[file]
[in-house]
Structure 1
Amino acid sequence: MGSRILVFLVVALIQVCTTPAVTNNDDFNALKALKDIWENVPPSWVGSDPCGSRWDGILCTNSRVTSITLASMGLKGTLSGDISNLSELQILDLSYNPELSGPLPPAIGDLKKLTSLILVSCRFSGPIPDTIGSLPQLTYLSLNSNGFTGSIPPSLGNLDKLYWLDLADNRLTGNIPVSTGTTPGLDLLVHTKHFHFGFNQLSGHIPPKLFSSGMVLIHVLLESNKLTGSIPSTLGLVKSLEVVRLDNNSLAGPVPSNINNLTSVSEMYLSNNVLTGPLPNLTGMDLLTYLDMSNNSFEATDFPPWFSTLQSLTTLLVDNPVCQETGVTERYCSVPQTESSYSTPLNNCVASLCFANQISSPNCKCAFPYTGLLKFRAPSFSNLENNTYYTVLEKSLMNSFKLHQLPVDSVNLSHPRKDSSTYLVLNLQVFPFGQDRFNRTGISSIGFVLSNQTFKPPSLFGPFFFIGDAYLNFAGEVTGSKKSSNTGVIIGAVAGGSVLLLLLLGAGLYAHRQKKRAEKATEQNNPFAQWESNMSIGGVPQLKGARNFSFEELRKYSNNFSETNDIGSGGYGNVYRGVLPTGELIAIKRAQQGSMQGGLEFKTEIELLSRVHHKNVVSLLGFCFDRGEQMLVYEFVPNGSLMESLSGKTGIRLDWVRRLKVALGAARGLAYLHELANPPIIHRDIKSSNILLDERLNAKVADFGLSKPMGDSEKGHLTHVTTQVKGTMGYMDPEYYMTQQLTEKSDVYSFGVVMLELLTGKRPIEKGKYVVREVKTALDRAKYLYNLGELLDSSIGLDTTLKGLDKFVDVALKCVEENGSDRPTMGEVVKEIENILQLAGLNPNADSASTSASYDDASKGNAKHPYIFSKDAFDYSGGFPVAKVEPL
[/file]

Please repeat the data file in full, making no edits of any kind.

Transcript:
[in-house]
Structure 1
Amino acid sequence: MGSRILVFLVVALIQVCTTPAVTNNDDFNALKALKDIWENVPPSWVGSDPCGSRWDGILCTNSRVTSITLASMGLKGTLSGDISNLSELQILDLSYNPELSGPLPPAIGDLKKLTSLILVSCRFSGPIPDTIGSLPQLTYLSLNSNGFTGSIPPSLGNLDKLYWLDLADNRLTGNIPVSTGTTPGLDLLVHTKHFHFGFNQLSGHIPPKLFSSGMVLIHVLLESNKLTGSIPSTLGLVKSLEVVRLDNNSLAGPVPSNINNLTSVSEMYLSNNVLTGPLPNLTGMDLLTYLDMSNNSFEATDFPPWFSTLQSLTTLLVDNPVCQETGVTERYCSVPQTESSYSTPLNNCVASLCFANQISSPNCKCAFPYTGLLKFRAPSFSNLENNTYYTVLEKSLMNSFKLHQLPVDSVNLSHPRKDSSTYLVLNLQVFPFGQDRFNRTGISSIGFVLSNQTFKPPSLFGPFFFIGDAYLNFAGEVTGSKKSSNTGVIIGAVAGGSVLLLLLLGAGLYAHRQKKRAEKATEQNNPFAQWESNMSIGGVPQLKGARNFSFEELRKYSNNFSETNDIGSGGYGNVYRGVLPTGELIAIKRAQQGSMQGGLEFKTEIELLSRVHHKNVVSLLGFCFDRGEQMLVYEFVPNGSLMESLSGKTGIRLDWVRRLKVALGAARGLAYLHELANPPIIHRDIKSSNILLDERLNAKVADFGLSKPMGDSEKGHLTHVTTQVKGTMGYMDPEYYMTQQLTEKSDVYSFGVVMLELLTGKRPIEKGKYVVREVKTALDRAKYLYNLGELLDSSIGLDTTLKGLDKFVDVALKCVEENGSDRPTMGEVVKEIENILQLAGLNPNADSASTSASYDDASKGNAKHPYIFSKDAFDYSGGFPVAKVEPL